According to Andrew Biggs, former principal deputy commissioner of the Social Security Administration, who now chairs a group looking at unfunded public pension obligations across the country, Detroit employees who put in a full career of 30 to 35 years with the city can expect a pension that pays out about two-thirds of what they earned.  Police and firefighters pay nothing into the plan. When added to Social Security benefits, these employees secure retirement pay equaling 95 percent of what they were paid as public servants, which averages about $100,000 a year in salary and benefits.

Plainly, the taxpayers are paying out benefits to government workers that they cannot themselves afford. In 1960, Detroit had 26,386 employees supporting 10,629 pensioners.  When Young was mayor, that ratio dipped to one to one. By 2012, 10,525 Detroit employees are each carrying two retirees in the pension system.

New York City had a brush with default and bankruptcy in the 1970s, after following some of the same fiscal patterns seen in Detroit.  A succession of mayors used the same solutions.  They borrowed for expanded city services.  Overgenerous contracts to public employee unions were granted to prevent labor unrest.  State aid was also extracted, because Albany realized what could happen to everybody else if the Big Apple rotted. Even the leaders of Germany and France expressed concern at a New York bankruptcy. Matters came to a head in 1975, when the nation’s largest city literally ran out of money and could not pay operating expenses.  At the time, New York had $14 billion of debt outstanding.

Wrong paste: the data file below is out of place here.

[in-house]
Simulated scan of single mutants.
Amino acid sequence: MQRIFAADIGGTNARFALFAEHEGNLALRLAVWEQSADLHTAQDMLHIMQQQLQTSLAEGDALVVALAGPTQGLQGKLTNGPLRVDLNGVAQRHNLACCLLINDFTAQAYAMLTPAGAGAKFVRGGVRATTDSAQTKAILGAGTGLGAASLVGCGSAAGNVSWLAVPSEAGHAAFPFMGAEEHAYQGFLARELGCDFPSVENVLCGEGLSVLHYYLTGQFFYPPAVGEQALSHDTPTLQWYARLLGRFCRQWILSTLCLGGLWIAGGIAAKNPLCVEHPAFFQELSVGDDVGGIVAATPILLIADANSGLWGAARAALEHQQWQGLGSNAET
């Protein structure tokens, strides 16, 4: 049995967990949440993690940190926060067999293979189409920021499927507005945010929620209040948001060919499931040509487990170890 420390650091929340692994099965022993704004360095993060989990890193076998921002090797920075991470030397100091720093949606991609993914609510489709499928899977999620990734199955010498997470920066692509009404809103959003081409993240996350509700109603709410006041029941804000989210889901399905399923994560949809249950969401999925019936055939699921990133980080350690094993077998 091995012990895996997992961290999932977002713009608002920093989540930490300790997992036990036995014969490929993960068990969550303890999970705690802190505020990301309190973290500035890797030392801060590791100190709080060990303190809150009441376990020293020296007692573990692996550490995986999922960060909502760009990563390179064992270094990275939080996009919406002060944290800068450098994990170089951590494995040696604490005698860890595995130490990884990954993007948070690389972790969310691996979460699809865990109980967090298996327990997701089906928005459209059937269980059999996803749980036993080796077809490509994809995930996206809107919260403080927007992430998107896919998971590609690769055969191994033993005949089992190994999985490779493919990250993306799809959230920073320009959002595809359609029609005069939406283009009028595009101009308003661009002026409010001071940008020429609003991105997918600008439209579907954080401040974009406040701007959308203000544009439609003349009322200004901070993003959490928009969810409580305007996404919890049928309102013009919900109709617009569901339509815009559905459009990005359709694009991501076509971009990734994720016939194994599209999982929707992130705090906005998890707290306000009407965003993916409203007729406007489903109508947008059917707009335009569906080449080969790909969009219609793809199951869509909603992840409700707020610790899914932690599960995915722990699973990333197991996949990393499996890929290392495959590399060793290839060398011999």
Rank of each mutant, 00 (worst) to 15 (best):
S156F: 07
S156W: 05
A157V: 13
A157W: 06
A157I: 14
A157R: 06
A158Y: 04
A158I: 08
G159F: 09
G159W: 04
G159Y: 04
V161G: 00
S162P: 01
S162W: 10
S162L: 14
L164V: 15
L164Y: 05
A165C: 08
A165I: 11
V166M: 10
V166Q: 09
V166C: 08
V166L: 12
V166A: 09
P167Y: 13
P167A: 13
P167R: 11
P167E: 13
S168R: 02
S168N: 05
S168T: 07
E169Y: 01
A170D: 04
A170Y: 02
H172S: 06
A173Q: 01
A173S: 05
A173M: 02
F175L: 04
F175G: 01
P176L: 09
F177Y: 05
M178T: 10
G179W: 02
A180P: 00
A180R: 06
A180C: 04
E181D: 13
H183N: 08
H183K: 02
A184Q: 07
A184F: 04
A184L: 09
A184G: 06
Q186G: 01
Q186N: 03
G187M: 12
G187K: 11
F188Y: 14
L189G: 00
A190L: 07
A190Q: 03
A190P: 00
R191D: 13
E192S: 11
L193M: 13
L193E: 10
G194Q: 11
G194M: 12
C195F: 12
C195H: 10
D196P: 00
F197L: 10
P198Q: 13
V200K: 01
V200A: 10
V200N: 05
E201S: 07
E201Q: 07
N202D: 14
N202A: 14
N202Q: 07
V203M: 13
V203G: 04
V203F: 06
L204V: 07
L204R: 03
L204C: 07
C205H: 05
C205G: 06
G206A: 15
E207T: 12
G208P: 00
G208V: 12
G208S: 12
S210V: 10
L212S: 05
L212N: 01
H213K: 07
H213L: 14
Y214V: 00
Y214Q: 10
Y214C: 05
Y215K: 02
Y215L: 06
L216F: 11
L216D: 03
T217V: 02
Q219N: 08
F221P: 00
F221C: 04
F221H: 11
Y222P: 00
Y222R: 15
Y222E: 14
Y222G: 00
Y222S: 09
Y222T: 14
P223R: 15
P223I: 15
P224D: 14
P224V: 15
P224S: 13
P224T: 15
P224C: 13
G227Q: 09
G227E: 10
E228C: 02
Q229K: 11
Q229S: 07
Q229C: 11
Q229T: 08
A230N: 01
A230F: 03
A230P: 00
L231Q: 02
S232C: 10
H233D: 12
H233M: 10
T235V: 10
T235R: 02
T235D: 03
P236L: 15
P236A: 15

One difference is that New York didn’t attempt to walk away from its debts. Bonds were sold through the newly created Municipal Assistance Corporation, carrying a hefty 11 percent interest rate in a market where the index of high-grade municipals carried a coupon of 6.89 percent. The city also transferred debts to the state and federal governments. State aid for all purposes was accelerated to help keep the city afloat. The feds chipped in $2.3 billion in short-term loans, a plan that only passed the U.S. House by ten votes. In exchange, the city accepted changes in its governance and financing. After all this, for years, the city was seriously constrained in how it could borrow money.

In Detroit, the real concern is that, while the city offers the appearance of talking tough to pensioners, the real plan is to short the other debt holders or win additional support from the state.  Depending on how it all goes down, this could have a ripple effect on future municipal bankruptcies.

While there are other municipal bankruptcies in progress in California, most eyes these days are on Chicago. The city is making balloon payments on its debt which, according to Mayor Rahm Emanuel, could require an unprecedented hike in the property tax.  The pension shortfall in Chicago is reported to be $7,100 per resident, or roughly eight times the size of Detroit’s unfunded liability.  True to form, the Chicago Teachers Union is promising protests that will look a lot like those generated in Wisconsin when Gov. Scott Walker and the Legislature worked to address the problems of funding imbalances and sustainability of state services and employee benefits.

There will be a very interesting exchange of views in these matters for the next couple of years, and public managers will not be as popular as they are when they give bonus checks out of the public treasury. But the laws of economics are not so easily repealed.

Featured Publications